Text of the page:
Moment Eight: Soda and Ice-cream

Once we’re settled into the twin tartan armchairs that engulf Kitty’s bedroom, I fill her in on all that has happened on and since that day. I can’t stop even if I want to: the beans spill out of me like a spliced tin, the mystical pulses of fairy tales. Had it been any other I confessed to, I doubt my words would be believed; in this case, it would probably be more trialling to label my descriptions as oneiric. I am not one prone to flights of fancy.

Before we discuss this fantastical material, we agree that it is wise to first plan an evening of normality. “Like old times” she says. Kitty needs time to digest and I need an hour to forget. Besides, her parents are out for the evening, as is her sister; these days need to be taken advantage of.

Within minutes we are slumped in front of the TV downstairs with a pint of mint ice-cream, lovingly taking the mickey out of trashy teen dramas.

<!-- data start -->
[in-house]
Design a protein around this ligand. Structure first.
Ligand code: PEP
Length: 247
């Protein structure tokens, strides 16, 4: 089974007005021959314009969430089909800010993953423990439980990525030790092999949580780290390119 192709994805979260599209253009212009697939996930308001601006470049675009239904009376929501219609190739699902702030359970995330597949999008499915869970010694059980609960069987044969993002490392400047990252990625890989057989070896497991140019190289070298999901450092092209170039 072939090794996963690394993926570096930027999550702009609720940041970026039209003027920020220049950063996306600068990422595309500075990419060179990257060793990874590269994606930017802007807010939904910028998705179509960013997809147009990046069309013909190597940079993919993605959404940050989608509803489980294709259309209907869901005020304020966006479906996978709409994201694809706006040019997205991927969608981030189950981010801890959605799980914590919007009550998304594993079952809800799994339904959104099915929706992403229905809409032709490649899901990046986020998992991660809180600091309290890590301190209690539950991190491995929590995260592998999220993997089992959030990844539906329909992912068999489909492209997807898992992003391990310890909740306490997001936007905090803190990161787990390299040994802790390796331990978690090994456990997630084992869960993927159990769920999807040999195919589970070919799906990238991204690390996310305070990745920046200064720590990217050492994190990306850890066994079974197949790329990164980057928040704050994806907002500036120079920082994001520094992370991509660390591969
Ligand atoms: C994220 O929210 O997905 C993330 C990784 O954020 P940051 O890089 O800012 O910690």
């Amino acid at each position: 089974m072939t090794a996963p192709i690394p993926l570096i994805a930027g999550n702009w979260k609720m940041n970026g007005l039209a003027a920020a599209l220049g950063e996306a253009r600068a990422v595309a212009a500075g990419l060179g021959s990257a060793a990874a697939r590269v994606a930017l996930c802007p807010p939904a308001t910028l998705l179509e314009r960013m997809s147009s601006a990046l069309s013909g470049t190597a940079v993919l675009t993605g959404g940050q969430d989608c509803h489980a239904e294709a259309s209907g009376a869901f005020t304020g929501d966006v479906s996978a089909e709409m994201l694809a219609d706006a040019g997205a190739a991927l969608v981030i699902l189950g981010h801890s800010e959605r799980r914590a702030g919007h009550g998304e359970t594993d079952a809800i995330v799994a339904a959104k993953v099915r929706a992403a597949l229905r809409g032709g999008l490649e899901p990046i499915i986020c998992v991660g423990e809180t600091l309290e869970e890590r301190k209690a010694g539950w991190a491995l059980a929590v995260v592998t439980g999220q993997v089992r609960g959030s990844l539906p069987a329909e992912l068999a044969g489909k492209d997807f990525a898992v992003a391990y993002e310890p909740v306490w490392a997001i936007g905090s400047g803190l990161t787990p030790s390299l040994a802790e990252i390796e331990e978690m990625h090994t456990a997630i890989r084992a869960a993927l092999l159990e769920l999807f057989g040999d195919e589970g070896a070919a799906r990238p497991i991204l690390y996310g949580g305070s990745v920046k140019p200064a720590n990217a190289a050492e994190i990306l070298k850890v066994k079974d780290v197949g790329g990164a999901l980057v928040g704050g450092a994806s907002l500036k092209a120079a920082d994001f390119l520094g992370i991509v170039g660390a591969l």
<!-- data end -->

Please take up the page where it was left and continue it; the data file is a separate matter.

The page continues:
Out of the blue, as the ditzy female lead finally realises that her boyfriend is a cheat, a recollection from the hazy depths of my mind swims to the forefront, gripping the edges of my thought pool with stubborn fingers. “Hey, Kitty,” I begin tentatively, causing her to turn to me with an open mien, “you know when we – we almost made up – why did you avoid me afterwards? I know I must’ve burned you but – why not talk to me about it?”

Her expression shifts to one of faint horror. The event has clearly made its home in the hell of her long-term memory. “I – I don’t know. I was just – terrified – illogically so. In my mind, you’d aimed a blowtorch at my skin and burned holes in it. I couldn’t stay touching you without screaming, it felt like. It freaked me out so much that fear clouded my memory of you every time I thought about apologising. But the further away I stayed, the more rational I became.”

“Uh.” Is all I can say. “I wish I could explain but I can’t. I don’t understand what’s up with me. It was probably because of me.” I lament.

Kitty smiles sadly and speaks consolingly. “Well, we may as well forget about it for now then; no use digging at concrete with a spade.”

I almost snort at that awful metaphor.

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